* Making the field was a major accomplishment for the team because Schroeder (SHRAY-der) was one of the 11 drivers caught up in the big crash at Atlanta on April 28, only seven days before the first day of practice at Indy on May 6. Two cars...
* Making the field was a major accomplishment for the team because Schroeder (SHRAY-der) was one of the 11 drivers caught up in the big crash at Atlanta on April 28, only seven days before the first day of practice at Indy on May 6.
Two cars on fire flew over Schroeder's head in that accident. He escaped injury but his trademark, his colorful helmet, was black from soot and burned oil.
He said that in the middle of that crash all he saw was fire, and when the cars were flying over him all he could do was duck.
The car was too damaged to bring to Indy, so PDM had to use their insurance, pay the deductible and get a new car for Indy. When it arrived the team worked night and day to prep it.
Schroeder finally got some practice in early in the month, but then he crashed hard in turn two here on Thursday afternoon, May 10. The cause of that crash will probably never been known. Schroeder said it just snapped into the wall with no warning; everything had been fine before that, and that lap was going to be a "flyer" lap.
He suffered a bruised back in that accident. Even worst was the new car was now badly damaged, and the team couldn't really afford it in the first place.
Somehow they obtained another car, which is the 9T that Schroeder qualified in and will run in the 500 tomorrow. The PDM crew had to work night and day to get IT ready, right after they had worked night and day to get the now-wrecked car ready.
The car he qualified was dubbed the "Duct Tape Special' because of the way it looked when it made the show. It was primer white in the qualifying photo. Since then it's been painted blue and silver. All that happened so late that even the starting line-up photos in the program will show the white car, not the blue and silver paint job.
* Schroeder only got a few laps in during Carb Day on Thursday because the car developed gearbox problems. He was philosophical about that, noting that he'd rather have that happen on Carb Day than on race day.
* Schroeder is making his third start at Indy with his third different team. He is the perfect type of driver to do well in this race because he's steady and he's patient. All he needs is more sponsors and better luck!
In his two previous Indy 500s he was poised for a top-10 finish late in the race until something happened to the car.
In 1999 he ran with Cobb Racing. He qualified 21st. Even as a rookie he showed his great consistency, as he was the fastest rookie in ROP that year and he was the rookie who posted the most consistent laps in qualifying. He was eighth in his first 500 with only 25 laps to go, ready to make his charge, when his Infiniti engine blew and he finished 15th.
In 2000 he ran with Tri Star Motorsports. He started 29th. He ran most of race with a bent suspension piece but still finished 14th.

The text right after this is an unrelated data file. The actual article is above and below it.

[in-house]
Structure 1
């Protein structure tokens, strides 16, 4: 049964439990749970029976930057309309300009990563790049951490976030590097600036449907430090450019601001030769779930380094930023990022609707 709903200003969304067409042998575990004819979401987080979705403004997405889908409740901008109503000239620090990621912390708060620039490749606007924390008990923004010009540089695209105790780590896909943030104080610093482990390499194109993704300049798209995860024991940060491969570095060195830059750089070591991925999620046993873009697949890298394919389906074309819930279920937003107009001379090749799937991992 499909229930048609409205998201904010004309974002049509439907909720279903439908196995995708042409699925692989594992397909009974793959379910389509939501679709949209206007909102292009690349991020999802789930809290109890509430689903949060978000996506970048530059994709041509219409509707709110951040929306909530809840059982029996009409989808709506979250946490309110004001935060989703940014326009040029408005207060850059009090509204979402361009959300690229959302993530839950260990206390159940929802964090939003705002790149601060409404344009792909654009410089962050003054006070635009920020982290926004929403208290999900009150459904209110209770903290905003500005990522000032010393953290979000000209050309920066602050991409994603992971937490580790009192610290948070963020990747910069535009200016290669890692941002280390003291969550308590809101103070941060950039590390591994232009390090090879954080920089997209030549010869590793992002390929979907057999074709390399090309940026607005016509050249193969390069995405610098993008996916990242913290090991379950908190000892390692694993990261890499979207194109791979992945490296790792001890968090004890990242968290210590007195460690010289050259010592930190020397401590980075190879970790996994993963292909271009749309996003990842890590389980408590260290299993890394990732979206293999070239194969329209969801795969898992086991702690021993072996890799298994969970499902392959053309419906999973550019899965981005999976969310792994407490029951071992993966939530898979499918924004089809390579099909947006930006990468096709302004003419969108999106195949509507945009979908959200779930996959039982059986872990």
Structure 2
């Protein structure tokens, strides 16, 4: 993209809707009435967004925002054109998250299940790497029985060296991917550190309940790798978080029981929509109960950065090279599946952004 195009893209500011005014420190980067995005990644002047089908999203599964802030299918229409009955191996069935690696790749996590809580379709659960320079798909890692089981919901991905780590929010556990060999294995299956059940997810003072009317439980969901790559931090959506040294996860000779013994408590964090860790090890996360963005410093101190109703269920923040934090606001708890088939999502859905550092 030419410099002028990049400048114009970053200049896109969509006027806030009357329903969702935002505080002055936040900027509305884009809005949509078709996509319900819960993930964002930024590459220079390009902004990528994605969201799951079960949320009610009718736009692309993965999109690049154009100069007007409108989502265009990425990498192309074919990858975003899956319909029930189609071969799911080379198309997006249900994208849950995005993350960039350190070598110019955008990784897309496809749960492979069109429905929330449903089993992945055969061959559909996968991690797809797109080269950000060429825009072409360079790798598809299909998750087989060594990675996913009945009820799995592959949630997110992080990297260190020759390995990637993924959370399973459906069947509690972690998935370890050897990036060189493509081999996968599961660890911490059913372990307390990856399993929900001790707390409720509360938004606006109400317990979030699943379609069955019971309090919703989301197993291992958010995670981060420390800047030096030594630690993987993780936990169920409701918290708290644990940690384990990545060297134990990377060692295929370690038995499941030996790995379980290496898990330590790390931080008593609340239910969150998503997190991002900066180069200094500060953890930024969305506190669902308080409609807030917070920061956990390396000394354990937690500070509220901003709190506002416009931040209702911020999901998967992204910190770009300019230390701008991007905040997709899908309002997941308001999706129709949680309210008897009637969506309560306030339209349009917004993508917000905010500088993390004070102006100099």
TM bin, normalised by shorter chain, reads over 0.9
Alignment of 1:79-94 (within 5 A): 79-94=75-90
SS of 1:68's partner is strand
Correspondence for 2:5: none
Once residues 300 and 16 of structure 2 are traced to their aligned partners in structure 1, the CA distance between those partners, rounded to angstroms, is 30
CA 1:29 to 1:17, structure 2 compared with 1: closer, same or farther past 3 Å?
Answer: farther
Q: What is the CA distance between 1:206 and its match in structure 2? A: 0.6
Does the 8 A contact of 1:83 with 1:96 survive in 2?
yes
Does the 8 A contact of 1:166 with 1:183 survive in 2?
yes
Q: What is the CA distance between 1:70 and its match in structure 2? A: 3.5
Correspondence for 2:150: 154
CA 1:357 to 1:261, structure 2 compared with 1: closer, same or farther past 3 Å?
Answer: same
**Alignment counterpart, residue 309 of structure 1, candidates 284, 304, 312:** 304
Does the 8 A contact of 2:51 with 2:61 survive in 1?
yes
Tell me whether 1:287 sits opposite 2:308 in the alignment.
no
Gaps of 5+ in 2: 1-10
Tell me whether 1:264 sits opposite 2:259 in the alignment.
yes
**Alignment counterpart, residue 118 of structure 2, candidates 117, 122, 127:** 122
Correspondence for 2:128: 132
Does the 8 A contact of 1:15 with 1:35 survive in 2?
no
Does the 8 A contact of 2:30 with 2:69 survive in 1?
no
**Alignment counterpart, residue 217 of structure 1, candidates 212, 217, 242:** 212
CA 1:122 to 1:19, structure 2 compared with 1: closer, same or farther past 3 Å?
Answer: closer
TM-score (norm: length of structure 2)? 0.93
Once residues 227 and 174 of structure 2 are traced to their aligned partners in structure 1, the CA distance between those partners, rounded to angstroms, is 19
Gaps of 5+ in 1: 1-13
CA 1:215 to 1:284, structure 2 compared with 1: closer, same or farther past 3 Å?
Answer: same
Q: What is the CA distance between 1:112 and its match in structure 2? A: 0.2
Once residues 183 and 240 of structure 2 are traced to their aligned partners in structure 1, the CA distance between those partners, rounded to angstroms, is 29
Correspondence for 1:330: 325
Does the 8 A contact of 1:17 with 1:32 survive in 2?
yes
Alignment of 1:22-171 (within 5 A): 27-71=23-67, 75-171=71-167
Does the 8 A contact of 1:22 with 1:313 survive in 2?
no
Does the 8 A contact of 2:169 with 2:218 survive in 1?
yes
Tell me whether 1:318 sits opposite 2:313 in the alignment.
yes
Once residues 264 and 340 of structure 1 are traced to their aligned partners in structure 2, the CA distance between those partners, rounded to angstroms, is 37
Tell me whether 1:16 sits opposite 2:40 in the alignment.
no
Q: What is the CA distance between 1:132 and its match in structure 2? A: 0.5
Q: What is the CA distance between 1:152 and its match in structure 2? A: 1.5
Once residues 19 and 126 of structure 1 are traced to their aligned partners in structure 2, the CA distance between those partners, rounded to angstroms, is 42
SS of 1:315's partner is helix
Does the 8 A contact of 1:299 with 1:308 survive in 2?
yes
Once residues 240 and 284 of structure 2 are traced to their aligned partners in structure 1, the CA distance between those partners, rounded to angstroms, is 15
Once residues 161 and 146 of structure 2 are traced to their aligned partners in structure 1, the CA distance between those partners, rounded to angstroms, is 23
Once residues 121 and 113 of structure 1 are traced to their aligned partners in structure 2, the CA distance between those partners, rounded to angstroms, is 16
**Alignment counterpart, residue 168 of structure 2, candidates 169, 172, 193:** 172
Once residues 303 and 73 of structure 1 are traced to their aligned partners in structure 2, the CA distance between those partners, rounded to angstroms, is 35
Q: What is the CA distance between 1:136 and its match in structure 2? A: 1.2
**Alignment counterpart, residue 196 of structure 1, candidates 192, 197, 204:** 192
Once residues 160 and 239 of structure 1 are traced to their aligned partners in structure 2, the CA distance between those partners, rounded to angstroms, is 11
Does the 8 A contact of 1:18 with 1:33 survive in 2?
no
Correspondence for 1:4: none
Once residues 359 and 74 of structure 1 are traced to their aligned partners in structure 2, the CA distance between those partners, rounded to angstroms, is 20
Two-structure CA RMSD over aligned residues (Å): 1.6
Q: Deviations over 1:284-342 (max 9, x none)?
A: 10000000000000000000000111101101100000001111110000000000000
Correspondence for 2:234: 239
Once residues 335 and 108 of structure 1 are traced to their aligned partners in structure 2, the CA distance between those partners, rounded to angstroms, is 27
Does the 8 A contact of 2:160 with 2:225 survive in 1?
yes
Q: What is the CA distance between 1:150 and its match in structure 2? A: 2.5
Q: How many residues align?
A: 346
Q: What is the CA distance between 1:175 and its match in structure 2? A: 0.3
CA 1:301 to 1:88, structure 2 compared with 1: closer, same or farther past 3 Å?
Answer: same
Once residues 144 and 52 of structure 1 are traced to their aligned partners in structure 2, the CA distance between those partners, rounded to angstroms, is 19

This year he's running with PDM Racing. The car just wasn't running fast enough on Pole Day to qualify then (Schroeder said something was out of balance in the rear of the car), but on Sunday morning the crew had that problem solved and he was running in the 220s again.
He qualified 23rd at 222.786 mph on the second day of time trials. If he had qualified on Pole Day, he would be starting nine places higher, in 14th spot, between point leader Sam Hornish Jr. and Robby McGehee.
* Last year Schroeder led the IRL Rookie of the Year standings almost all season long. He lost the rookie award to Airton Dare at the season finale in Texas by only six points when his car developed alternator problems.
* He only had two DNFs all year in 2000. His best finish last year was fourth at Vegas.
* Prior to becoming an IRL driver Schroeder was a star of the Toyota Atlantic series. In 1996 his teammate was Patrick Carpentier, and in 1997 he was the lead driver for PPI's new Formula Atlantic team.
* He was the national champion of the ultra-competitive U.S. Formula 2000 series in 1995.
* He is the only resident of New Jersey to compete in the Indy 500 in almost 20 years. (He became the first resident of New Jersey to make the field for the Indy 500 in 16 years when he qualified for the 1999 Indy 500. The Jersey driver before that was Steve Krisiloff.)
He is the only regular Indy Racing Northern Light Series driver from the Northeast. (Scott Sharp hasn't lived in Connecticut for years; Schroeder really does live in New Jersey. Michael Andretti from Pennsylvania is not an IRL regular.)
* Schroeder competes in selected Grand-American Road Racing Association events with an independent (non-factory) team, Tom Volk's Supreme Exhaust System Products/Racer Parts Wholesale #95. That car, a Riley & Scott Chevy, runs in the top class, Sports Racing Prototype. Schroeder posted that team's best qualifying run at the Rolex 24 in February when he put the car ninth on the grid. Jeret says that running in endurance sports car events has helped teach him patience, which is what the Indy 500 is really all about.
* Local pronunciation of Schroeder's hometown, Vineland, N.J, is VINE-lan, not Vine Land. A famous track, the now-defunct Vineland Speedway, used to be located there. Today Schroeder off-roads around the abandoned track for fun and to keep his skills sharp using his truck or his new Honda Odyessy.